Paul Vossen

judging at the 2014 New York International Olive Oil Competition

Two of world’s most experienced olive oil tasters, Paul Vossen and Richard Gawel, have organized a unique one-day workshop designed to take olive oil tasters to the next level.

Attendees can look forward to an information-packed day that will teach them to identify flavors, aromas and quality olive oil through discussions, exercises and practical tasting sessions.

The workshop, to be held on July 27, 2015 in Forestville, California, is intended for tasters who are familiar with the positive and negative characteristics of olive oil such as fruitiness, bitterness, pungency and rancidity. Trainees of this workshop will build on their basic knowledge and learn how to improve their olive oil tasting skills through repetitive exposure to different olive oils.

Paul Vossen, a pioneer who offered the first olive oil training course in California in 1996 and began training the California Taste Panel in 1997, said, “The only real instructional material is olive oil. In order to be a knowledgeable taster it requires a lot of repetition.”

During the day, attendees get an opportunity to experience the characteristics of excellent oils by tasting award-winning olive oils from around the world. While this experience will expose tasters to the best side of olive oil, the workshop also will teach attendees to pinpoint defects.

See the program and register for the workshop here

“Many times tasters can recognize that there is something wrong but don’t know what it is exactly,” said Vossen, who twice served on the prestigious judging panel of the New York International Olive Oil Competition. The course will train tasters not only how to identify defects in olive oils but also recall the source of defects, a skill that adds to the credibility of the taster.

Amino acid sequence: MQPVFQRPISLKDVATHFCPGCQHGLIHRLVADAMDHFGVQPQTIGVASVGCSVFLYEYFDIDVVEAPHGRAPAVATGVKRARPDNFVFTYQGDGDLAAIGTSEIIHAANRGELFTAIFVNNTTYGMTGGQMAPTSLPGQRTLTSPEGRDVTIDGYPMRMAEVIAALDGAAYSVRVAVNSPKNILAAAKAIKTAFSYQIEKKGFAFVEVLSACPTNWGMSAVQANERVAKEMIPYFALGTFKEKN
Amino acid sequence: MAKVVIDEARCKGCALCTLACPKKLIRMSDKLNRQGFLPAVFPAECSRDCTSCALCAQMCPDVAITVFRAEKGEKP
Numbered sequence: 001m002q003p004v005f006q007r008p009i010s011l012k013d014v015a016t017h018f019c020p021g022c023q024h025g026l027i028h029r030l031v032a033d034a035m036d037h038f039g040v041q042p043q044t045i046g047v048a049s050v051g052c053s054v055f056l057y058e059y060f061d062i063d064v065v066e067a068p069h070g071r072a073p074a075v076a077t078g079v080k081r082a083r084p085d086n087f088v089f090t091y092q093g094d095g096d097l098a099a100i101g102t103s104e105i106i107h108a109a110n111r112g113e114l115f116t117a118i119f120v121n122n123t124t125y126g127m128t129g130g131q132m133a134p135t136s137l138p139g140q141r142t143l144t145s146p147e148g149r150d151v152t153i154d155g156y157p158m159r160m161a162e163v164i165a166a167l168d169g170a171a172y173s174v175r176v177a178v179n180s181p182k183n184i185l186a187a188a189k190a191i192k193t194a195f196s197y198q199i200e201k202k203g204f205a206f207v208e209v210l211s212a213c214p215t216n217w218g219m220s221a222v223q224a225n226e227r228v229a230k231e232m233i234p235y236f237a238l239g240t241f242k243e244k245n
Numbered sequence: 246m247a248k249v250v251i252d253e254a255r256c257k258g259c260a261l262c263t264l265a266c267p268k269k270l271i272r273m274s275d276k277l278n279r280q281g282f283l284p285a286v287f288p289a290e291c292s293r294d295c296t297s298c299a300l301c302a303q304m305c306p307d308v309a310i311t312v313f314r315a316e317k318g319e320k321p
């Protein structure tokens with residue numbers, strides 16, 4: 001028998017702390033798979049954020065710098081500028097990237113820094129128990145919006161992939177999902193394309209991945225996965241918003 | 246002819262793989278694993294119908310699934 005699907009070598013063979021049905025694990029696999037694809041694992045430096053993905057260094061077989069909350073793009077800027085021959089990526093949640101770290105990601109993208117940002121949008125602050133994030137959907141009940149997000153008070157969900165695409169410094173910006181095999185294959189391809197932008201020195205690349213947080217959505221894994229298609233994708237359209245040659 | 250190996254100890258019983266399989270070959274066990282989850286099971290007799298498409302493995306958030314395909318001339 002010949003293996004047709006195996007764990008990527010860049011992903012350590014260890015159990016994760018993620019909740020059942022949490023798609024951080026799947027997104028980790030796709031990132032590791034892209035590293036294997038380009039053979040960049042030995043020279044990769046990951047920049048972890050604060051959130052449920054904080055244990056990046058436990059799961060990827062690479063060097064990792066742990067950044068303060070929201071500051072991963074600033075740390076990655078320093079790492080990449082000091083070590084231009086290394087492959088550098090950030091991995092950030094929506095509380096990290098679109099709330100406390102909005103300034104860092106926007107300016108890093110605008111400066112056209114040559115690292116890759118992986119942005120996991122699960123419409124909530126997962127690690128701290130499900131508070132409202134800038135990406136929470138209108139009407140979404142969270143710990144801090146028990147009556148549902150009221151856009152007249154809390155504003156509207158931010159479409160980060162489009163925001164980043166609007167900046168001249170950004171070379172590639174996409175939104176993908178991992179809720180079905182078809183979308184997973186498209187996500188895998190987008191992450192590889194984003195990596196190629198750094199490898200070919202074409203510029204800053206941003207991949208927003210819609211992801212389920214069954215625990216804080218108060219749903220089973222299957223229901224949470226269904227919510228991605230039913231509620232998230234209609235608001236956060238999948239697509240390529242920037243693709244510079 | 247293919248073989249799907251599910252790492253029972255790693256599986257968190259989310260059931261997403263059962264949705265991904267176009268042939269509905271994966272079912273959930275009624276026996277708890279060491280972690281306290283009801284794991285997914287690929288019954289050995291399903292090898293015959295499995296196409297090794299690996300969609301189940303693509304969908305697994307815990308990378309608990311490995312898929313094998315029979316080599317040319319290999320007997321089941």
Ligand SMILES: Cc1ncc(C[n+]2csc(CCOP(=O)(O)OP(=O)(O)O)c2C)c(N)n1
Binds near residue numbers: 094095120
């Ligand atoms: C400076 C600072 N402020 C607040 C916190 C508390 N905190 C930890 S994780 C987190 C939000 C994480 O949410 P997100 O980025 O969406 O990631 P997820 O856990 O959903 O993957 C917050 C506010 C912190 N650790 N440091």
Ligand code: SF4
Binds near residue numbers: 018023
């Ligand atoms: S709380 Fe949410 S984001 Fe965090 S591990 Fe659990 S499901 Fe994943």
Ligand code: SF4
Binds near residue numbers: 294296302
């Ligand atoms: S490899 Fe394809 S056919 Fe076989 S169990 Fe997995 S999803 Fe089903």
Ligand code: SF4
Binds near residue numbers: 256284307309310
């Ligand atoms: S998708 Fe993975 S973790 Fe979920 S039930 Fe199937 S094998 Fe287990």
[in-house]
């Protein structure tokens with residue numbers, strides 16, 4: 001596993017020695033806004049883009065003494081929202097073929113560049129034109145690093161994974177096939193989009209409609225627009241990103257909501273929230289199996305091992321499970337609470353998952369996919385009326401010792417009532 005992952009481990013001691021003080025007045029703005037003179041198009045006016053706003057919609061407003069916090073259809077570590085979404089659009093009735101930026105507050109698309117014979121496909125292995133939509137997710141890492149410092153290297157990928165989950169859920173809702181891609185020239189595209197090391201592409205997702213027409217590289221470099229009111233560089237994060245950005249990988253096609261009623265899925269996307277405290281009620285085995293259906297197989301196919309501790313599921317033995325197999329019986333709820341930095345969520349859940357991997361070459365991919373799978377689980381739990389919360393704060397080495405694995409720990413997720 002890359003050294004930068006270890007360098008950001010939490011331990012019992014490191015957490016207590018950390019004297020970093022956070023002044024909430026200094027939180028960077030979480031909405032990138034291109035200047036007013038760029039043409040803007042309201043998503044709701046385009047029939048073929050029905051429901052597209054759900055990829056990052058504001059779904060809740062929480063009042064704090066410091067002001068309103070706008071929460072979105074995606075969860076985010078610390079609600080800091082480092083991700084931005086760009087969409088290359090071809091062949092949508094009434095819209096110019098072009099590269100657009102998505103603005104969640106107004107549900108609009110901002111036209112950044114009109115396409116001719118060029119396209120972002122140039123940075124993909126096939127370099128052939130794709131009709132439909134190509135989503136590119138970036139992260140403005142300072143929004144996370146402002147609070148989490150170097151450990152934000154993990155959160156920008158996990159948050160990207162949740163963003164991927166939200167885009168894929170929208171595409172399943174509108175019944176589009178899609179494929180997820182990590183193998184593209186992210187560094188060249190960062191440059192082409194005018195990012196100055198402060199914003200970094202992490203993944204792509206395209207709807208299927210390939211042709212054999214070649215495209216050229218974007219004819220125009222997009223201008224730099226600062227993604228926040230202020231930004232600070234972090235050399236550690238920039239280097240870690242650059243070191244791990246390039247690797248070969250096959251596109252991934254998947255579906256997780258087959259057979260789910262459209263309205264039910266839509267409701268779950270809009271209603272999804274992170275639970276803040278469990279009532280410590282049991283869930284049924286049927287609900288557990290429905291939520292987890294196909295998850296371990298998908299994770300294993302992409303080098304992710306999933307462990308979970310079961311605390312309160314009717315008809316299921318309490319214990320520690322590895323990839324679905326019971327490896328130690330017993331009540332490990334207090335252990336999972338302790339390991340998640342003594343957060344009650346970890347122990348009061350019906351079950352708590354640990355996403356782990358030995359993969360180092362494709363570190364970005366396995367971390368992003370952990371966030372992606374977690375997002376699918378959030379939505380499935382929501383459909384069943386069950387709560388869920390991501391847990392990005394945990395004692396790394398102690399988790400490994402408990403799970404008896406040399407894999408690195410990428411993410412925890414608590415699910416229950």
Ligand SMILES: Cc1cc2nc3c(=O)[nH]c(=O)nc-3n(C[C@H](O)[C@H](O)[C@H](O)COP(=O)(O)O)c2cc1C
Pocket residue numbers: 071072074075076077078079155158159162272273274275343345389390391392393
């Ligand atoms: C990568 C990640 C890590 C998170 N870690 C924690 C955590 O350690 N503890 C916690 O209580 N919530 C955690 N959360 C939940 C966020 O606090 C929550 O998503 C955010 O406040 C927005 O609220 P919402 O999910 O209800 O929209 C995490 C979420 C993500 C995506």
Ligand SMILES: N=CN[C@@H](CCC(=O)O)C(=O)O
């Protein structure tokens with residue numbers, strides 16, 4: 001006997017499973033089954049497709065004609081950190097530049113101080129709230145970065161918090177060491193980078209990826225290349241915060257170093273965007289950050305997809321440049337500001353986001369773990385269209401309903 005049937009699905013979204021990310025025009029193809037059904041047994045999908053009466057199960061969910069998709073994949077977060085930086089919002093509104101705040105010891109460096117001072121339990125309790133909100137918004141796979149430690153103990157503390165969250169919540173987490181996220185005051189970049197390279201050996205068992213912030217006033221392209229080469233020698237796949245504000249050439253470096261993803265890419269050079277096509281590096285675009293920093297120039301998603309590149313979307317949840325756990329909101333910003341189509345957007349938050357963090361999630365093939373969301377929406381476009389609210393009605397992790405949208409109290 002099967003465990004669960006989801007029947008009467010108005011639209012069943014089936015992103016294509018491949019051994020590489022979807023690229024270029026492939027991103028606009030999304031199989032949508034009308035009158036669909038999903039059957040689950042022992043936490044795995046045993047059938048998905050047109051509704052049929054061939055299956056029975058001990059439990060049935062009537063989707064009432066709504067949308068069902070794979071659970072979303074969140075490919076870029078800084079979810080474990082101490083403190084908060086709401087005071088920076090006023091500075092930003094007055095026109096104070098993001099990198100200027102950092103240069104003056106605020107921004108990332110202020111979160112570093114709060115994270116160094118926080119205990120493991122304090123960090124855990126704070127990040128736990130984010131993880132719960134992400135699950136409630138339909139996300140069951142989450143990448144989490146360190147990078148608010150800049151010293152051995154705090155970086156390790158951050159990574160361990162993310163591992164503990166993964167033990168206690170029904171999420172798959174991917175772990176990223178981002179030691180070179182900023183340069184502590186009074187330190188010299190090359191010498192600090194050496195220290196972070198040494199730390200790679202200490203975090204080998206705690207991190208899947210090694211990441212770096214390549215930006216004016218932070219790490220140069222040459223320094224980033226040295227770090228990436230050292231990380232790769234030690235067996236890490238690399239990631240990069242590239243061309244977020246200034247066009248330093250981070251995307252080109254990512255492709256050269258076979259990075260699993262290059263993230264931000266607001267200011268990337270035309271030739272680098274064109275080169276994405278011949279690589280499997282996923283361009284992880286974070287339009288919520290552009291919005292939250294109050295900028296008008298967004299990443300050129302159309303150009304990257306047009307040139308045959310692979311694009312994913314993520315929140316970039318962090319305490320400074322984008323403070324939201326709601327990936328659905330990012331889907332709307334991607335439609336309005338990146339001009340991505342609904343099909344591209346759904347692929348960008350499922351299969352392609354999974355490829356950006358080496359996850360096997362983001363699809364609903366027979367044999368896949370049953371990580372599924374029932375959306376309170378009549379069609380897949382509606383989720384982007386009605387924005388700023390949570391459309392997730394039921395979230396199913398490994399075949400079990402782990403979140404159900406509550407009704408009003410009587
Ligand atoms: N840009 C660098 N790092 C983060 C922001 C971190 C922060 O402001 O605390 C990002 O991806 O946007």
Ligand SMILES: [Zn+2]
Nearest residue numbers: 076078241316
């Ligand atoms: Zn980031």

Another aspect of this workshop emphasizes training attendees to recognize characteristics in olive oil that compliment or contrast with different foods. This will be taught through tasting and olfactory exercises that will force the trainees to associate specific characteristics and intensities on a numeric scale. The ultimate aim is to train tasters to form strong brain-palate connections that will help them recall specific food aromas and flavors in association with olive oil.

Richard Gawel, who trained the first and second Australian IOC-recognized tasting panels and is a trained statistician, has built a statistical distribution of taster consistency. While the tasting exercises allow objective measurement of a tasters’ consistency, the statistical distribution helps benchmark each taster’s consistency against others.

The course intends to provide knowledge of olive oil tasting without bias for any brand or source of olive oil for producers, importers, professional olive oil tasters and people who are just passionate about olive oil.

According to Vossen, “Over the last 19 years, these training courses have helped producers make better olive oils. In order to make a good product, or a better product, the producer needs to know what that tastes like. They learn about the influence of variety, fruit maturity, and fruit handling on flavor. Then they make changes in how they manage their orchards accordingly.

“Being a good olive oiltaster has helped numerous processors to eliminate or reduce shortcomings in their systems that might lower the quality of their oils,” said Vossen. Processors have learned how the details of paste fineness in the crusher, malaxation time and temperature, or the addition of water into the system have an effect on oil flavor. Buyers and sellers of olive oil have used these courses in the past to identify olive oil grades by flavor, which has helped determine the real value of oils.”

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